Although Asheville City Council wrapped up its Feb. 12 meeting in less than an hour, its members still managed to cover a lot of ground on transportation. Four items on Council’s consent agenda aimed to improve how Asheville residents move about the city — and, thanks to a resolution supporting a statewide initiative for passenger rail in Western North Carolina, potentially across the country.
Ray Rapp, a former state representative for Madison, Haywood and Yancey counties, spoke in support of the latter effort during public comment on the consent agenda. He said that efforts to restore service, which last was available in 1975, have been ongoing since the late 1990s but are now starting to show real promise. “We have a chance to do this, folks, because Amtrak finally has come to the table after years of telling us they were not interested,” he explained.
As a first step, he said, the N.C. General Assembly could provide $890,000 to fund a bus connection between Asheville and Amtrak’s terminal in Salisbury, roughly 130 miles away. Council member Keith Young called the proposal “really exciting” and recounted his own frequent use of train service during his college years.
Another resolution approved nearly $300,000 for Asheville-based NHM Contractors to begin renovations on the downtown Asheville Redefines Transit bus station. The scope of work, which will cost nearly $130,000 more than originally budgeted, includes only storm drainage, sidewalks and bus travel lanes.
In a press release issued after the meeting, city spokesperson Polly McDaniel wrote that improvements to the station itself will not begin until after the site work is completed. Workers will then fix the station’s digital display — out of order since at least July — add solar panels and renovate bathrooms and seating areas. She noted that construction will begin in March and could last through winter 2020.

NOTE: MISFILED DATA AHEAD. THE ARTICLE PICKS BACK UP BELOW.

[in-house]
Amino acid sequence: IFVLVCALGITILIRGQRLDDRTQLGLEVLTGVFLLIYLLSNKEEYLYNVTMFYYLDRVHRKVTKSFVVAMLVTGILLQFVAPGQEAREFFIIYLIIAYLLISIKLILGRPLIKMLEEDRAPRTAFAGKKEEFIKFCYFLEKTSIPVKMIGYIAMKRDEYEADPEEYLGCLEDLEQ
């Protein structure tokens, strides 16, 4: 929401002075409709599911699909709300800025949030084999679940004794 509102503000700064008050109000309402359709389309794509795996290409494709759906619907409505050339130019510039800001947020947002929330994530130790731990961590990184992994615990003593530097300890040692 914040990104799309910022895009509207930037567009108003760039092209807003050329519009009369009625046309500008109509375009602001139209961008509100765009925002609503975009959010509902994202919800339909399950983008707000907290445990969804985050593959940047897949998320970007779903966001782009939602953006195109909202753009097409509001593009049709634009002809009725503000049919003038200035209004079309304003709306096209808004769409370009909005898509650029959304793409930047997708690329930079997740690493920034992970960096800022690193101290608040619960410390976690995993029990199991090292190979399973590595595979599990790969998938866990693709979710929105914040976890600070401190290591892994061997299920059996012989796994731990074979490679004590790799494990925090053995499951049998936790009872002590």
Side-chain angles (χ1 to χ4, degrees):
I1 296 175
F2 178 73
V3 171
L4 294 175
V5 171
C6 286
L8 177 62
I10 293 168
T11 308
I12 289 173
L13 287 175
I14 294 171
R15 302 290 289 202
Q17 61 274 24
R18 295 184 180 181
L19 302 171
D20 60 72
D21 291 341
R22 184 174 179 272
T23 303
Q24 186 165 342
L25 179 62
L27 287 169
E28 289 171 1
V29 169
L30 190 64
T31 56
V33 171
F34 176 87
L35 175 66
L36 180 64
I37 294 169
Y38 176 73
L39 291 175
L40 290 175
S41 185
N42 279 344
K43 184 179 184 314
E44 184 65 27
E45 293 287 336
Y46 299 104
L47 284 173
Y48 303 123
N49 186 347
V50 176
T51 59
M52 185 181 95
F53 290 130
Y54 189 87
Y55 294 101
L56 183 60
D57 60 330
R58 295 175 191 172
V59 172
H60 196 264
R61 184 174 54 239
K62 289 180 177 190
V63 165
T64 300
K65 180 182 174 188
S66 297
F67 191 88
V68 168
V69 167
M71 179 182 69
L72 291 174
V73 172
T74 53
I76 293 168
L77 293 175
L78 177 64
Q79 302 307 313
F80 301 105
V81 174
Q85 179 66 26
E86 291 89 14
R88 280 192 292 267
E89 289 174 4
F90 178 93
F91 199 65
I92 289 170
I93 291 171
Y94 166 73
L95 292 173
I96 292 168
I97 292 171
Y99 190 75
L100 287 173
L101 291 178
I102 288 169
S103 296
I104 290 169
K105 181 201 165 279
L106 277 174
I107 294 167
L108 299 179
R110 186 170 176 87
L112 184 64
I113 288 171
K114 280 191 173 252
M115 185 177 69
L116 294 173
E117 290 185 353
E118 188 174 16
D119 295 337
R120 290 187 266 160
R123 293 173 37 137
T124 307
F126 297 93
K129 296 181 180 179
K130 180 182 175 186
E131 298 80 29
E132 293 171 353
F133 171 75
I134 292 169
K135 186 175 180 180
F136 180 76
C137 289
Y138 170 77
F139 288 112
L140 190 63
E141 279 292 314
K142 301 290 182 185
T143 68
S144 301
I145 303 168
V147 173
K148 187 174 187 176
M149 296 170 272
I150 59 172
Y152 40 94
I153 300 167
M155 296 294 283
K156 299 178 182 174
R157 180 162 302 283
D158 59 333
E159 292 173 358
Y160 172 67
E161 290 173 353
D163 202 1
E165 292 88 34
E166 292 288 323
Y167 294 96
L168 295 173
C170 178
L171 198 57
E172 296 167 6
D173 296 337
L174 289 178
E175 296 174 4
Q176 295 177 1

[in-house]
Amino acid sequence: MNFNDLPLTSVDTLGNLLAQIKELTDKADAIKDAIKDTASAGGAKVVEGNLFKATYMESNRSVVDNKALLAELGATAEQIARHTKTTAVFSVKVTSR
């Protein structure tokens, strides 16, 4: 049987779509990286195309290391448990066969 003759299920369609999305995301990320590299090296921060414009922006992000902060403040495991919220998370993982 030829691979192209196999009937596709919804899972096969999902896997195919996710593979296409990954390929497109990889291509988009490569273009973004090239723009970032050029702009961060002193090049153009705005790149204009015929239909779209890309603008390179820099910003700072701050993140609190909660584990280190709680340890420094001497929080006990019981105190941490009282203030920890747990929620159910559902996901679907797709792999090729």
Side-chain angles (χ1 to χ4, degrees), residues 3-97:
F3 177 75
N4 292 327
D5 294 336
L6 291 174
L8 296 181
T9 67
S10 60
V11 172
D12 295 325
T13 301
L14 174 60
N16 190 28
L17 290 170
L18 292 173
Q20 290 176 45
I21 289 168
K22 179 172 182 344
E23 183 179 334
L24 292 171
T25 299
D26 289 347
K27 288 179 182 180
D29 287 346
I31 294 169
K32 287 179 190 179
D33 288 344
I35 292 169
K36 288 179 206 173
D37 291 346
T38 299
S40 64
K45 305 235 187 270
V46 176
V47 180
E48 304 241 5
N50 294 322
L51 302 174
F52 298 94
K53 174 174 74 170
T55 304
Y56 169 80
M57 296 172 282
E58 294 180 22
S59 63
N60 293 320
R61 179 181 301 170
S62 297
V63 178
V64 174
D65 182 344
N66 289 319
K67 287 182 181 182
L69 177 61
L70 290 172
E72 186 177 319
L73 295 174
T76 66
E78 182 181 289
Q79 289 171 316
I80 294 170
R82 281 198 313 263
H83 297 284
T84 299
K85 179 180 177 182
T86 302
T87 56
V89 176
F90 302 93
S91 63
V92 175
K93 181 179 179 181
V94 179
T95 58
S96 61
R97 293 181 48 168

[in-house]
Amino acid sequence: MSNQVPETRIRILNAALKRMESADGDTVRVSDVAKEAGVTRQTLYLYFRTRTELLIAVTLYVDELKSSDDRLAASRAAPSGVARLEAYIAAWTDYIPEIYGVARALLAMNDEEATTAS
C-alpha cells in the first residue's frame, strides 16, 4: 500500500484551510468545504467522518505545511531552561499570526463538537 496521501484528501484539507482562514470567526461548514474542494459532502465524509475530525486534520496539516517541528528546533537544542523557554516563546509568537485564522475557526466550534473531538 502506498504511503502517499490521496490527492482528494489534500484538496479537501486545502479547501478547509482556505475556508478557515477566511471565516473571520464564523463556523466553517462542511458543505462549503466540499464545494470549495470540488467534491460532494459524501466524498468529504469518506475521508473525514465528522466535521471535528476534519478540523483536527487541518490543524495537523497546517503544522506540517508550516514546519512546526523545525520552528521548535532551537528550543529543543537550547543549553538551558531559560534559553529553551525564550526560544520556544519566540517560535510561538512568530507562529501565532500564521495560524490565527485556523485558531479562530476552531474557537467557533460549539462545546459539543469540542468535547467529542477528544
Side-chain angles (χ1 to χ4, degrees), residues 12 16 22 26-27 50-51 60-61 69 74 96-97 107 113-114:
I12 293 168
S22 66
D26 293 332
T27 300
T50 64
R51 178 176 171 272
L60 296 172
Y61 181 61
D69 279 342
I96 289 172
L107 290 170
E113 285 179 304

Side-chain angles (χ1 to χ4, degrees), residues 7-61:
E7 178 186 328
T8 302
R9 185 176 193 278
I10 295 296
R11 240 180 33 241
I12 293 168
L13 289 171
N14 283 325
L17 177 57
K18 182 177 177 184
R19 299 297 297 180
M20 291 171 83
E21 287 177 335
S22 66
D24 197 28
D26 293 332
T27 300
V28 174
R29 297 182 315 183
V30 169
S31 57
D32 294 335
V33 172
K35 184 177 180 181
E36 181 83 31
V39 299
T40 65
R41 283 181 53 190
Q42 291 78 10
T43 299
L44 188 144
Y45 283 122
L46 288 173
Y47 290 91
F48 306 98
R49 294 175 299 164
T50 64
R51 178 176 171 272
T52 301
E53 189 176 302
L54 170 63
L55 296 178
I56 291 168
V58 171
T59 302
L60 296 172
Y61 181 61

Arden-based Patton Construction Group was cleared to receive more than $286,000 to construct two sidewalks on Hill Street and Bingham Road. The first project, funded through the city’s 2016 bond issue, will connect Courtland Avenue with Riverside Drive. The second, funded through the Neighborhood Sidewalk Program, will fill gaps in the sidewalk near Pearson Bridge Road.
“Both projects will enhance connectivity and pedestrian safety,” wrote McDaniel in a press release. “Connectivity is an important consideration taken to help people get to a transit stop, to community destinations like parks, schools, libraries and even grocery stores.”
Finally, Council approved a $14,500 budget amendment expanding its current Bike Share Feasibility Study to include e-scooters. Asheville outlawed the devices in November after California-based Bird deployed approximately 200 scooters throughout downtown without governmental permission. Council members noted at the time that the ban would not necessarily be permanent if they could determine how to fit scooters into the city’s infrastructure.
Council member Julie Mayfield addressed “everybody who loves scooters and has been emailing us asking for scooters” as she explained the need for the funding. Widening the scope of the study would help the city “figure out how to have [scooters] here — whether and how,” she immediately clarified.